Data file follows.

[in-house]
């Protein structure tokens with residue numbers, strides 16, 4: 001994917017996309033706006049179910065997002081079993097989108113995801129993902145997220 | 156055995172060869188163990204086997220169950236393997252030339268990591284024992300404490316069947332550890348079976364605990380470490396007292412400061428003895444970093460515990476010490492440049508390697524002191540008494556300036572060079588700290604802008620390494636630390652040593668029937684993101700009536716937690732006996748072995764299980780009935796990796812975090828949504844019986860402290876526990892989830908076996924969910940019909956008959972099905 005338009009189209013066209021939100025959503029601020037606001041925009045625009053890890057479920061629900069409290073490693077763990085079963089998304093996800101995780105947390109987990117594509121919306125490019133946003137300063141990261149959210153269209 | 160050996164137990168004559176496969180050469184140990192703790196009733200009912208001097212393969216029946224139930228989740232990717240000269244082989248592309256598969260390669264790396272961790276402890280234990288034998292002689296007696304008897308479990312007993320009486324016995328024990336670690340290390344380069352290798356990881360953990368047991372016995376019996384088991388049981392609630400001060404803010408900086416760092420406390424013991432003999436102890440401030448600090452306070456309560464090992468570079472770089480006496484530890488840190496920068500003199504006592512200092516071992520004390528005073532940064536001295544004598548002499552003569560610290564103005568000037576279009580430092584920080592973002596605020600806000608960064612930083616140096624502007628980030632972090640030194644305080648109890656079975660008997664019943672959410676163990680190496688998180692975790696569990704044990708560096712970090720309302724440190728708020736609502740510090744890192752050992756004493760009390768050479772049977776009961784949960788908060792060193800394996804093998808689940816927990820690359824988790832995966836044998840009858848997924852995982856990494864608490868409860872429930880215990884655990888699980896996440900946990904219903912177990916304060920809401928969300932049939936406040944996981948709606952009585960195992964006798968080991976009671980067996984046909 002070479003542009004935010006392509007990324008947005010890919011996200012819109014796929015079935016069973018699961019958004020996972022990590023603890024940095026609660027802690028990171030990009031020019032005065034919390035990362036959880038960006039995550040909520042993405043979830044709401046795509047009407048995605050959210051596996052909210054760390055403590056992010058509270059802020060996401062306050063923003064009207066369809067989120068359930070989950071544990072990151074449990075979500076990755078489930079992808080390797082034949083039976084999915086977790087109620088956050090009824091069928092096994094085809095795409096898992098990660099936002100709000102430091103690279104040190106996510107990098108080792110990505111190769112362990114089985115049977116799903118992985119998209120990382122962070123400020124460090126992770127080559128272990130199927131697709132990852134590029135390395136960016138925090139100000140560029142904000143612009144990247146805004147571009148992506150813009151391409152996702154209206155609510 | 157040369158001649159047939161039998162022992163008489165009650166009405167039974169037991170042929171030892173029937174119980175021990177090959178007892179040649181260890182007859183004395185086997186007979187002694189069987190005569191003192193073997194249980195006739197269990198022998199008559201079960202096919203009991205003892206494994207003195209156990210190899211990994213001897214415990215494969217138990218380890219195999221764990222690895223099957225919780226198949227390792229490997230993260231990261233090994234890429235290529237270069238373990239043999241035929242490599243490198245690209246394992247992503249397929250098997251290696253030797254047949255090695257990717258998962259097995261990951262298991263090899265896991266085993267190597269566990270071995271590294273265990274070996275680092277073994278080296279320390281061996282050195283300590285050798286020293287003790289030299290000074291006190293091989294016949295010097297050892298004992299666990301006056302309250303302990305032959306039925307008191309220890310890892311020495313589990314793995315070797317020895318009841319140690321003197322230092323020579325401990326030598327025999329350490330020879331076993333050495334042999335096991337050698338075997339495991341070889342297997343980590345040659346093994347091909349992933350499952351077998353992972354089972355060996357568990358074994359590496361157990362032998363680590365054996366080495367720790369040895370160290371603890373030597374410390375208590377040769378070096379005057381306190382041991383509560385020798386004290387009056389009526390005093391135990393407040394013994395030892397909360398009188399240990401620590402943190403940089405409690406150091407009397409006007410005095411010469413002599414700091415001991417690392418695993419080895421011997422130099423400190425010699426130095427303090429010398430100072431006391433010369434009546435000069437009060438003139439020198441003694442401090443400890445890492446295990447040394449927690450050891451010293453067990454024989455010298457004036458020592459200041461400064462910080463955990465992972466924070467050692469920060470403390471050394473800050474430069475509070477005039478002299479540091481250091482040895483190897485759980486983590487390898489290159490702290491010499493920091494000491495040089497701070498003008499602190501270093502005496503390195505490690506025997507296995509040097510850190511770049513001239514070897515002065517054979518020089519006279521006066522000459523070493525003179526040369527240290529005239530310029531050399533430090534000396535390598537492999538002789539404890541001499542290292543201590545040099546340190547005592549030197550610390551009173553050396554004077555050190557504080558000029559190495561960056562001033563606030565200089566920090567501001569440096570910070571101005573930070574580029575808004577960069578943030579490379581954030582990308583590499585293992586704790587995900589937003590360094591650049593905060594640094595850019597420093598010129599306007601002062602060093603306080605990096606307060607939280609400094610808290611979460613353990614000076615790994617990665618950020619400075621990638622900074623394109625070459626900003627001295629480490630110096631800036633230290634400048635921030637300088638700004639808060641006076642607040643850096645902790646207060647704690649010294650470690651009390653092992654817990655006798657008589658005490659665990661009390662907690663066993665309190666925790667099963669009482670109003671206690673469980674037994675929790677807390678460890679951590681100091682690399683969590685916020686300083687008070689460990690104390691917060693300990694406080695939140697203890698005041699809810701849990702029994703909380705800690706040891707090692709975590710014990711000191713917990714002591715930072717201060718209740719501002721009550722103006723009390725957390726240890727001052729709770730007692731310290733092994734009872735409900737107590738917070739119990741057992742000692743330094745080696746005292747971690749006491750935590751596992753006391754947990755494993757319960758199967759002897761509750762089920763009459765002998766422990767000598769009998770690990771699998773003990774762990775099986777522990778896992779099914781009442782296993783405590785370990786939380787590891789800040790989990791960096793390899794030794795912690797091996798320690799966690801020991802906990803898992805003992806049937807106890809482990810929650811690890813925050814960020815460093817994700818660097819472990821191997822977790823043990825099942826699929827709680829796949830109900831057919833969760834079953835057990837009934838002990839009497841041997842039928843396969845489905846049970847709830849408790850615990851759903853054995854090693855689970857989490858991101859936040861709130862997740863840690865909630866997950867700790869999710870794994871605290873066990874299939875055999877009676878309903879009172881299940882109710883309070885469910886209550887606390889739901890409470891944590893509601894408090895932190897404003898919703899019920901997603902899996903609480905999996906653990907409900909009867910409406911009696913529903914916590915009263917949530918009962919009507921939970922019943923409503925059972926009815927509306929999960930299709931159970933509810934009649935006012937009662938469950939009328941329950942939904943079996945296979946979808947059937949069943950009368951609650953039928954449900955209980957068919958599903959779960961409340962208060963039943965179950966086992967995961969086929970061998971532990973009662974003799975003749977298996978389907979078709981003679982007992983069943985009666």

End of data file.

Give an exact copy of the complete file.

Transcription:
[in-house]
């Protein structure tokens with residue numbers, strides 16, 4: 001994917017996309033706006049179910065997002081079993097989108113995801129993902145997220 | 156055995172060869188163990204086997220169950236393997252030339268990591284024992300404490316069947332550890348079976364605990380470490396007292412400061428003895444970093460515990476010490492440049508390697524002191540008494556300036572060079588700290604802008620390494636630390652040593668029937684993101700009536716937690732006996748072995764299980780009935796990796812975090828949504844019986860402290876526990892989830908076996924969910940019909956008959972099905 005338009009189209013066209021939100025959503029601020037606001041925009045625009053890890057479920061629900069409290073490693077763990085079963089998304093996800101995780105947390109987990117594509121919306125490019133946003137300063141990261149959210153269209 | 160050996164137990168004559176496969180050469184140990192703790196009733200009912208001097212393969216029946224139930228989740232990717240000269244082989248592309256598969260390669264790396272961790276402890280234990288034998292002689296007696304008897308479990312007993320009486324016995328024990336670690340290390344380069352290798356990881360953990368047991372016995376019996384088991388049981392609630400001060404803010408900086416760092420406390424013991432003999436102890440401030448600090452306070456309560464090992468570079472770089480006496484530890488840190496920068500003199504006592512200092516071992520004390528005073532940064536001295544004598548002499552003569560610290564103005568000037576279009580430092584920080592973002596605020600806000608960064612930083616140096624502007628980030632972090640030194644305080648109890656079975660008997664019943672959410676163990680190496688998180692975790696569990704044990708560096712970090720309302724440190728708020736609502740510090744890192752050992756004493760009390768050479772049977776009961784949960788908060792060193800394996804093998808689940816927990820690359824988790832995966836044998840009858848997924852995982856990494864608490868409860872429930880215990884655990888699980896996440900946990904219903912177990916304060920809401928969300932049939936406040944996981948709606952009585960195992964006798968080991976009671980067996984046909 002070479003542009004935010006392509007990324008947005010890919011996200012819109014796929015079935016069973018699961019958004020996972022990590023603890024940095026609660027802690028990171030990009031020019032005065034919390035990362036959880038960006039995550040909520042993405043979830044709401046795509047009407048995605050959210051596996052909210054760390055403590056992010058509270059802020060996401062306050063923003064009207066369809067989120068359930070989950071544990072990151074449990075979500076990755078489930079992808080390797082034949083039976084999915086977790087109620088956050090009824091069928092096994094085809095795409096898992098990660099936002100709000102430091103690279104040190106996510107990098108080792110990505111190769112362990114089985115049977116799903118992985119998209120990382122962070123400020124460090126992770127080559128272990130199927131697709132990852134590029135390395136960016138925090139100000140560029142904000143612009144990247146805004147571009148992506150813009151391409152996702154209206155609510 | 157040369158001649159047939161039998162022992163008489165009650166009405167039974169037991170042929171030892173029937174119980175021990177090959178007892179040649181260890182007859183004395185086997186007979187002694189069987190005569191003192193073997194249980195006739197269990198022998199008559201079960202096919203009991205003892206494994207003195209156990210190899211990994213001897214415990215494969217138990218380890219195999221764990222690895223099957225919780226198949227390792229490997230993260231990261233090994234890429235290529237270069238373990239043999241035929242490599243490198245690209246394992247992503249397929250098997251290696253030797254047949255090695257990717258998962259097995261990951262298991263090899265896991266085993267190597269566990270071995271590294273265990274070996275680092277073994278080296279320390281061996282050195283300590285050798286020293287003790289030299290000074291006190293091989294016949295010097297050892298004992299666990301006056302309250303302990305032959306039925307008191309220890310890892311020495313589990314793995315070797317020895318009841319140690321003197322230092323020579325401990326030598327025999329350490330020879331076993333050495334042999335096991337050698338075997339495991341070889342297997343980590345040659346093994347091909349992933350499952351077998353992972354089972355060996357568990358074994359590496361157990362032998363680590365054996366080495367720790369040895370160290371603890373030597374410390375208590377040769378070096379005057381306190382041991383509560385020798386004290387009056389009526390005093391135990393407040394013994395030892397909360398009188399240990401620590402943190403940089405409690406150091407009397409006007410005095411010469413002599414700091415001991417690392418695993419080895421011997422130099423400190425010699426130095427303090429010398430100072431006391433010369434009546435000069437009060438003139439020198441003694442401090443400890445890492446295990447040394449927690450050891451010293453067990454024989455010298457004036458020592459200041461400064462910080463955990465992972466924070467050692469920060470403390471050394473800050474430069475509070477005039478002299479540091481250091482040895483190897485759980486983590487390898489290159490702290491010499493920091494000491495040089497701070498003008499602190501270093502005496503390195505490690506025997507296995509040097510850190511770049513001239514070897515002065517054979518020089519006279521006066522000459523070493525003179526040369527240290529005239530310029531050399533430090534000396535390598537492999538002789539404890541001499542290292543201590545040099546340190547005592549030197550610390551009173553050396554004077555050190557504080558000029559190495561960056562001033563606030565200089566920090567501001569440096570910070571101005573930070574580029575808004577960069578943030579490379581954030582990308583590499585293992586704790587995900589937003590360094591650049593905060594640094595850019597420093598010129599306007601002062602060093603306080605990096606307060607939280609400094610808290611979460613353990614000076615790994617990665618950020619400075621990638622900074623394109625070459626900003627001295629480490630110096631800036633230290634400048635921030637300088638700004639808060641006076642607040643850096645902790646207060647704690649010294650470690651009390653092992654817990655006798657008589658005490659665990661009390662907690663066993665309190666925790667099963669009482670109003671206690673469980674037994675929790677807390678460890679951590681100091682690399683969590685916020686300083687008070689460990690104390691917060693300990694406080695939140697203890698005041699809810701849990702029994703909380705800690706040891707090692709975590710014990711000191713917990714002591715930072717201060718209740719501002721009550722103006723009390725957390726240890727001052729709770730007692731310290733092994734009872735409900737107590738917070739119990741057992742000692743330094745080696746005292747971690749006491750935590751596992753006391754947990755494993757319960758199967759002897761509750762089920763009459765002998766422990767000598769009998770690990771699998773003990774762990775099986777522990778896992779099914781009442782296993783405590785370990786939380787590891789800040790989990791960096793390899794030794795912690797091996798320690799966690801020991802906990803898992805003992806049937807106890809482990810929650811690890813925050814960020815460093817994700818660097819472990821191997822977790823043990825099942826699929827709680829796949830109900831057919833969760834079953835057990837009934838002990839009497841041997842039928843396969845489905846049970847709830849408790850615990851759903853054995854090693855689970857989490858991101859936040861709130862997740863840690865909630866997950867700790869999710870794994871605290873066990874299939875055999877009676878309903879009172881299940882109710883309070885469910886209550887606390889739901890409470891944590893509601894408090895932190897404003898919703899019920901997603902899996903609480905999996906653990907409900909009867910409406911009696913529903914916590915009263917949530918009962919009507921939970922019943923409503925059972926009815927509306929999960930299709931159970933509810934009649935006012937009662938469950939009328941329950942939904943079996945296979946979808947059937949069943950009368951609650953039928954449900955209980957068919958599903959779960961409340962208060963039943965179950966086992967995961969086929970061998971532990973009662974003799975003749977298996978389907979078709981003679982007992983069943985009666």